International Education Week: Partnering to Improve World Literacy

Cross-posted from USAID’s Impact Blog.

Today, the global community faces an economic crisis that has many people around the world feeling tenuous about the future. World leaders are grappling with how to handle rising debt and shrinking funds. Yet despite this uncertainty, one thing is certain: education is still the light shining on our path that shows us the way forward. Education, now more than ever, is critical to eliminating gender inequity, reducing starvation, sustaining our planet, and restoring world peace.

As countries improve the education of their citizens, they experience huge multiplier effects: better health, growing economies, and reduced poverty. The data show us that a child born to an educated mother is two times more likely to survive to age 5 . . . that educated mothers are fifty percent more likely to immunize their children and three times less likely to contract HIV/AIDS. Every year that a child spends in school increases his or her future productivity by 10-30%.

When we think of how much a country gains in terms of goods and services by investing in 6, 12, or even 14 years of education for its workforce, how can we all not make that investment?

As part of this investment, I am pleased to announce today that the U.S. Department of Education will be joining USAIDWorld Vision and AustraliaAID in the All Children Reading initiative as well. As a new partner, we will collaborate with the founding partners as they work to dramatically improve world literacy. We are joining this work because we also believe that enhancing the education of all people, both at home and abroad, is a path to solving our world’s economic, social, and health problems.

The All Children Reading Challenge’s focus on improving literacy could not come at a better time. If education is the answer, then literacy is the foundation upon which we must build our countries’ well being. Not only are reading and writing critical to learning all other subjects, but literacy is what enables people to enjoy the full benefits of citizenship. Literacy opens doors to better living conditions, improved health, and expanded opportunities. It empowers people to build more secure futures for their families.

To get serious about literacy, we have to realize that the challenges of achieving an educated citizenry cut across geographical and political boundaries. Educators everywhere, including in the U.S., are concerned about the growing achievement gaps that exist for the poorest of our children, including those with learning disabilities and speakers of other languages.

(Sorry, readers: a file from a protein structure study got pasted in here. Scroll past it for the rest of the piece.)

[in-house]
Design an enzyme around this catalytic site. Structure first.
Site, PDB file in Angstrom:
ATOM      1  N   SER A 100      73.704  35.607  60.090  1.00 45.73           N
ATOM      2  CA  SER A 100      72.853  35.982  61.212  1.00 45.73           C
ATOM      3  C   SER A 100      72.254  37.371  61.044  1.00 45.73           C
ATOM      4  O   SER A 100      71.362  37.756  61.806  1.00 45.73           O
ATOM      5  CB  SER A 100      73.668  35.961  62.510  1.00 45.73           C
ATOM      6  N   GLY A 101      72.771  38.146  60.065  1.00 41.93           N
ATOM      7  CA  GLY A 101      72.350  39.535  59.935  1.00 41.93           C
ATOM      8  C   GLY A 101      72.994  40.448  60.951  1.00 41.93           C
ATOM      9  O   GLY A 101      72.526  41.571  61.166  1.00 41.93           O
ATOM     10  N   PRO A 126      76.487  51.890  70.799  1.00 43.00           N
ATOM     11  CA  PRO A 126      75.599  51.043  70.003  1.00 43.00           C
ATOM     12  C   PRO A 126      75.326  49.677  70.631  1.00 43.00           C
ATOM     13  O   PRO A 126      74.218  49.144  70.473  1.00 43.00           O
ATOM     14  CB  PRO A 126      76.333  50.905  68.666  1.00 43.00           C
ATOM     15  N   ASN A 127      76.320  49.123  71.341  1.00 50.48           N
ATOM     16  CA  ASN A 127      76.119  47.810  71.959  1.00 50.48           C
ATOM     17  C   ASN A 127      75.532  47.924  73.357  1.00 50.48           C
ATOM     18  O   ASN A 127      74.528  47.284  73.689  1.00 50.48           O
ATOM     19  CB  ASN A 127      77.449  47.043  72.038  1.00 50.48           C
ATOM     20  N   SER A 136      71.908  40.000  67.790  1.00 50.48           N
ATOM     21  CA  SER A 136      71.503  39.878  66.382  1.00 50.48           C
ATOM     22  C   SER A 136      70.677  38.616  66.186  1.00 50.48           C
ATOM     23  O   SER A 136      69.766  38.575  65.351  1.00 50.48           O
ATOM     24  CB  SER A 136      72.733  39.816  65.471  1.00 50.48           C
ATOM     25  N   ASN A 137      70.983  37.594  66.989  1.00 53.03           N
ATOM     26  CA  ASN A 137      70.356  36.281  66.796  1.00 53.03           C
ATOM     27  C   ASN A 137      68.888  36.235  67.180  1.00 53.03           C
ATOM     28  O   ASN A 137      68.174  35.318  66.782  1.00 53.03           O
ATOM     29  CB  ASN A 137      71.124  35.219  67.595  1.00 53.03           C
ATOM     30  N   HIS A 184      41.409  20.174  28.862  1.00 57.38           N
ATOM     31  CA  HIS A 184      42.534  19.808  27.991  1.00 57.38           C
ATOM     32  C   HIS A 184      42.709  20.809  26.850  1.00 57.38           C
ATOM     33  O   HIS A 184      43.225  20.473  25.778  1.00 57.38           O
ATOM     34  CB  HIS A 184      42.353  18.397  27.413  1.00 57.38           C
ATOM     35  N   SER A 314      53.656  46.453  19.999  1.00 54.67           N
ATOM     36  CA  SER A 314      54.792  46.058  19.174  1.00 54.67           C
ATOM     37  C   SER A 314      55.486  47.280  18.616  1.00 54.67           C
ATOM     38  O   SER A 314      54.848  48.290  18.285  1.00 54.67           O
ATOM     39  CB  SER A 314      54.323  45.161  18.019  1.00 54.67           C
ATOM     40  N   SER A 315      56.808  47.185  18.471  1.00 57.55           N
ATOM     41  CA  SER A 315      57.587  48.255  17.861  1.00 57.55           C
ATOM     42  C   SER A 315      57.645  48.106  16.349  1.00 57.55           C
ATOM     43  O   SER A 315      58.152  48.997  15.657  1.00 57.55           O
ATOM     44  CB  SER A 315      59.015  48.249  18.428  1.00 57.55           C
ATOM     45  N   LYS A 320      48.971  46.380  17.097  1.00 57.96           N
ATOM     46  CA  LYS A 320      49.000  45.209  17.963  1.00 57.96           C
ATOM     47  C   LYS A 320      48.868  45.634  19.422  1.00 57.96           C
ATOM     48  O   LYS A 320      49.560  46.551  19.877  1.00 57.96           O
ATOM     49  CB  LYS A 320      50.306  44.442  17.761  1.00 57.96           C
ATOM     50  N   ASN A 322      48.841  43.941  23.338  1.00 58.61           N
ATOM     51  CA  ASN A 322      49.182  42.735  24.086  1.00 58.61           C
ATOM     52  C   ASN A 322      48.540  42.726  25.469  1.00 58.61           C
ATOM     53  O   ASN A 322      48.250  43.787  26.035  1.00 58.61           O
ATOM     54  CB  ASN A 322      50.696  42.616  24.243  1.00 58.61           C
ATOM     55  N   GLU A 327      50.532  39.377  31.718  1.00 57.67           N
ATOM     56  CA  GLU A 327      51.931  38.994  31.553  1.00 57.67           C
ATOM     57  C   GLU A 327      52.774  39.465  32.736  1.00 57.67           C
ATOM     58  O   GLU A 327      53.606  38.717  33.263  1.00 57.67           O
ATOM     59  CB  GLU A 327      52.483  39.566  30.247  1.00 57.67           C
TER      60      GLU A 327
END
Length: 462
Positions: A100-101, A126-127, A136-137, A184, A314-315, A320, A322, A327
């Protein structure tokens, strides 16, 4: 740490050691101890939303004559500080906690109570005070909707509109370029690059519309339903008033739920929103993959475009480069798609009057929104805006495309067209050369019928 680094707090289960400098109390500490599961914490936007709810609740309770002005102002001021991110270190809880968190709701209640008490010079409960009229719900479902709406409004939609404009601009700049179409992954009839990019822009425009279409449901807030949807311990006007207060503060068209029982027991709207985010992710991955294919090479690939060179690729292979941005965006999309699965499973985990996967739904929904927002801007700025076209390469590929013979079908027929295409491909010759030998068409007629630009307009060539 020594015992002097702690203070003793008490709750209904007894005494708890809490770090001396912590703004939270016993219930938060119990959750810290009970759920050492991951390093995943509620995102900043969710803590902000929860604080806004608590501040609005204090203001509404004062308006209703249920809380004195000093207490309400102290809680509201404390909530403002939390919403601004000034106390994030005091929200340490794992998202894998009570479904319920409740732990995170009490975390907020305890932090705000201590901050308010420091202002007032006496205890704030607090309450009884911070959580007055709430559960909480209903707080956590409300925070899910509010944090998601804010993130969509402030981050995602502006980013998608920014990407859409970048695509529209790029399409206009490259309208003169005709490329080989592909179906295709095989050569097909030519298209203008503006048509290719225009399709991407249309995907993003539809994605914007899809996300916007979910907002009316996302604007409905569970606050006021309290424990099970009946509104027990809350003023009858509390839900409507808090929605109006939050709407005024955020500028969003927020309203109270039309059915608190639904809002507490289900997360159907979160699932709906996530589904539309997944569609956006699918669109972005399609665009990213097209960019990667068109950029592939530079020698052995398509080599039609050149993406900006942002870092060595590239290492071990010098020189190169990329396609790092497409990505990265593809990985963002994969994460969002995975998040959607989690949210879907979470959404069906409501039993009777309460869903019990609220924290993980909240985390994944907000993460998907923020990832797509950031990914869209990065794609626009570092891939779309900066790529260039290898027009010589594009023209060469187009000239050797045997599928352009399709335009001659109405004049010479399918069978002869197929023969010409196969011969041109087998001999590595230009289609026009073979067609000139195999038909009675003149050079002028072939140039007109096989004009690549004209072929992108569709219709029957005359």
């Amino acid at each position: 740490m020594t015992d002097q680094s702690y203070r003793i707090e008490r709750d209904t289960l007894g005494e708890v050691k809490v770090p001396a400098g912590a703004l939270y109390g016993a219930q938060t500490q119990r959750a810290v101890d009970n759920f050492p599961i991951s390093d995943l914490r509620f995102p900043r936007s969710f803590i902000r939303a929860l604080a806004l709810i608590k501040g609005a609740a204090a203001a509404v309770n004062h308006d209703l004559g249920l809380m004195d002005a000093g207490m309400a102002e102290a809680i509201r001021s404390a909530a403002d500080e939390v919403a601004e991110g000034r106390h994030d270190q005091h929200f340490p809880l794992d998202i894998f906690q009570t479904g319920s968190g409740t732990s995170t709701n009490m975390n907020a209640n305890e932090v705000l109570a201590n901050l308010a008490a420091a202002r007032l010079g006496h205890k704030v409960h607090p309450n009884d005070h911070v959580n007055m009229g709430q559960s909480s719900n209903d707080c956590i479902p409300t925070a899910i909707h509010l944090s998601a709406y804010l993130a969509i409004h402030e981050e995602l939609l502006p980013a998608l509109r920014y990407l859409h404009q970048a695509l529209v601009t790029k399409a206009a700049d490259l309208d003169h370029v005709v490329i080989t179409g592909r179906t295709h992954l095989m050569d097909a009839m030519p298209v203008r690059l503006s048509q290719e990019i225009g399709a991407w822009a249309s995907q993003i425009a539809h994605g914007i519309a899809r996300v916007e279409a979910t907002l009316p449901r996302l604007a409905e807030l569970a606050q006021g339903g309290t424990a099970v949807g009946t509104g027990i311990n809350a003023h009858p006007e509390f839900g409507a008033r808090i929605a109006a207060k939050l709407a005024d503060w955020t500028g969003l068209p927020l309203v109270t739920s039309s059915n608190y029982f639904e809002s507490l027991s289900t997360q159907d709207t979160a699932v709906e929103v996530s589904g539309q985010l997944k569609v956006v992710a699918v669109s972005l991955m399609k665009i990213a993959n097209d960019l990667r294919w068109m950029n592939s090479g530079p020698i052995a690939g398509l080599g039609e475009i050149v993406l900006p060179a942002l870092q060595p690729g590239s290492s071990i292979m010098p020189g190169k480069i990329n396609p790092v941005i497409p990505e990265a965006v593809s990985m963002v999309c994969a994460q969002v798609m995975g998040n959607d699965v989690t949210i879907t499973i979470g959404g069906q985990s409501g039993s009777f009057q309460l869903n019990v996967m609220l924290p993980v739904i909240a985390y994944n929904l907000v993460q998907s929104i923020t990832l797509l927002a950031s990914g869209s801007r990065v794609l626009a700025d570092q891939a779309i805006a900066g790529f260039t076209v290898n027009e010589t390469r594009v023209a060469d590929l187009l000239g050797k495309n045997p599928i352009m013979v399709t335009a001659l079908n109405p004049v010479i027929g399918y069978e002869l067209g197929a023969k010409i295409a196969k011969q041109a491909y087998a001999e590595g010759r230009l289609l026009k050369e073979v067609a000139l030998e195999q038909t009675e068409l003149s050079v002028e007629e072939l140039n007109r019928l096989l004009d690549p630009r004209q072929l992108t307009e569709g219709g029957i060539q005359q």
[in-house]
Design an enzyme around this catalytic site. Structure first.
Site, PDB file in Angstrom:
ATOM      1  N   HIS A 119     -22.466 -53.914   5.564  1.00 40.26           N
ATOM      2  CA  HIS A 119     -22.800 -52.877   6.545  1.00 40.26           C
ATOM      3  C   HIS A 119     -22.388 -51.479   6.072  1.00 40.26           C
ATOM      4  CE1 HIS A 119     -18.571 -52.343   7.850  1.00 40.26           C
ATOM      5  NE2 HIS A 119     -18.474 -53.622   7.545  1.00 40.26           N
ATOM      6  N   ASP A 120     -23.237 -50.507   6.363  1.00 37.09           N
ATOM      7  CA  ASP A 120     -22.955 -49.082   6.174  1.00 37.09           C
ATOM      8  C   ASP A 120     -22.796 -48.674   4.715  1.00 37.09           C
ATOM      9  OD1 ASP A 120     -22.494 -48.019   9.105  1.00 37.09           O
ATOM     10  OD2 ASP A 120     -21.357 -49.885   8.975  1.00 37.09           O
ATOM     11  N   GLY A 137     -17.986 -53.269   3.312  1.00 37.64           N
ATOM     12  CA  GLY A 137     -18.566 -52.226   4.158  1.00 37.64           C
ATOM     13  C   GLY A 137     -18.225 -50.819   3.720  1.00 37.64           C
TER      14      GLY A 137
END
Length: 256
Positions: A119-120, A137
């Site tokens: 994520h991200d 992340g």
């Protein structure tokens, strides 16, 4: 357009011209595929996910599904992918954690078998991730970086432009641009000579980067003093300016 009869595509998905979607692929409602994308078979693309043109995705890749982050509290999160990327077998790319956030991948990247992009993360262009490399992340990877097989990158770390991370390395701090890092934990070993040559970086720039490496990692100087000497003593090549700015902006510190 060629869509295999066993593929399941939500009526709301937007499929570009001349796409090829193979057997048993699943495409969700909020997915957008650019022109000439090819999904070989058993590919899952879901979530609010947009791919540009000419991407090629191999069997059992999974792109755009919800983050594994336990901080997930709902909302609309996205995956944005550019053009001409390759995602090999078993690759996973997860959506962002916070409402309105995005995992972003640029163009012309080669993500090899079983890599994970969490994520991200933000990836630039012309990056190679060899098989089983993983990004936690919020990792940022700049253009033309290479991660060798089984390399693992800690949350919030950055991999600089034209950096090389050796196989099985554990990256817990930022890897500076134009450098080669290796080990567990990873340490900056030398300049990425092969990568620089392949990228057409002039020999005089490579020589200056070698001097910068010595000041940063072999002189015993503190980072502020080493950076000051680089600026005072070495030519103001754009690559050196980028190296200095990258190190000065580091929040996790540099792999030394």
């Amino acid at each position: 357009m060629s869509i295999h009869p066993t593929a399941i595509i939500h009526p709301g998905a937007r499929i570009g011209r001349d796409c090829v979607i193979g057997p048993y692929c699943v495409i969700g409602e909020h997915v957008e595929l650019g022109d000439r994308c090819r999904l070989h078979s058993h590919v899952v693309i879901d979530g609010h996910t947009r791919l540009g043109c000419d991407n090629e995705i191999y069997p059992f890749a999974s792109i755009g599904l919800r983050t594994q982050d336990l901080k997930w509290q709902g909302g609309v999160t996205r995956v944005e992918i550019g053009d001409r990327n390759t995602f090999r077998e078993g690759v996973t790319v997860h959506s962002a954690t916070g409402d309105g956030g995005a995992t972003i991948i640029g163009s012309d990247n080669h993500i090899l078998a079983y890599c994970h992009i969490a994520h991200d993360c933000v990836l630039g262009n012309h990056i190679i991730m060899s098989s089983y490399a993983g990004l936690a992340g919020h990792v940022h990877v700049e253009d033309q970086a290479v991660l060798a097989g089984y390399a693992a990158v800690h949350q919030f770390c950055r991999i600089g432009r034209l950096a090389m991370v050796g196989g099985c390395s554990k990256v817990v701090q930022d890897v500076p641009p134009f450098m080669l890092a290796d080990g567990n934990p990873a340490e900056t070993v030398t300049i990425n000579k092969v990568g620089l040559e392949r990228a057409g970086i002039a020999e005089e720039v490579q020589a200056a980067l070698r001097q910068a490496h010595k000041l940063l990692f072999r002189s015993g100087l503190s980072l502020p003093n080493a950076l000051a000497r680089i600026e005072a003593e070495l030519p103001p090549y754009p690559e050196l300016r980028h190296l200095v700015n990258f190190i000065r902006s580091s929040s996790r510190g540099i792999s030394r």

Working together and collaborating to solve our common problems is critical. In our global economy, the tired old “survival of the fittest” philosophy that pits countries against one another no longer applies. Instead, we have to recognize that the battle is not between our countries, but with complacency.

I look forward to seeing what innovative programs and practices come out of this All Children Reading Challenge. I couldn’t be happier to see these organizations make an investment in the literacy of the children of the world, and I am hopeful that we in the U.S. will learn some innovative strategies that can make a difference for us here.

Arne Duncan is the U.S. Secretary of Education

2 Comments

  1. The All Children Reading Challenge is such an effective way for the United States to establish essential bonds with other nations and prove that we are serious about aiding those less fortunate than us. The power of literacy is often underestimated. Reading is the simplest way we can empower the oppressed or disadvantaged to help themselves. Literacy opens doors to resources that an individual may have not known about or had access to before and educates an individual on the issues surrounding them. A person can make informed decisions about the well-being of themselves and their families as a result. The recent Arab Spring is just one example of the effect well-informed, literate citizens can have on the world around them. The Arab Spring movement was aided by people like Esraa Abdel Fattah, the “Facebook Girl”, who tweeted and updated her experiences in Egypt’s Tahrir Square and used social media to organize the revolt. Imagine how different many of the outcomes in Arab Spring might have been if Fattah or the thousands of people who followed along had been illiterate and unable to be educate themselves on their rights or send updates about the revolt to one another. Literacy is one of the best ways we can pave the road for democracy around the world and it starts one person at a time.

    • Of course, reading can help anyone do anything, not only in the sense that it can change a sequence of events, but it can bring a better understanding to people on simpler matters in life. A tweet, facebook message, a blog can influence a person’s mind and heart even more so than a book can. However, books can save our lives with the right words, like the Bible has for so many. The problem is, how can we get older children to read? You are more likely to find a child of the ages 5-7 reading a book than you can any child in grades 9-12. It’s deeply concerning to see and hear the speech and actions of highschoolers, and middle schoolers, and think that there is nothing we can do to change them. They are practically adults, rebelling against the world, and secretly themselves. All they hear is, “No one’s going to help you after highschool.”

      What can we do for them now, instead of repeating the same sentence?

Comments are closed.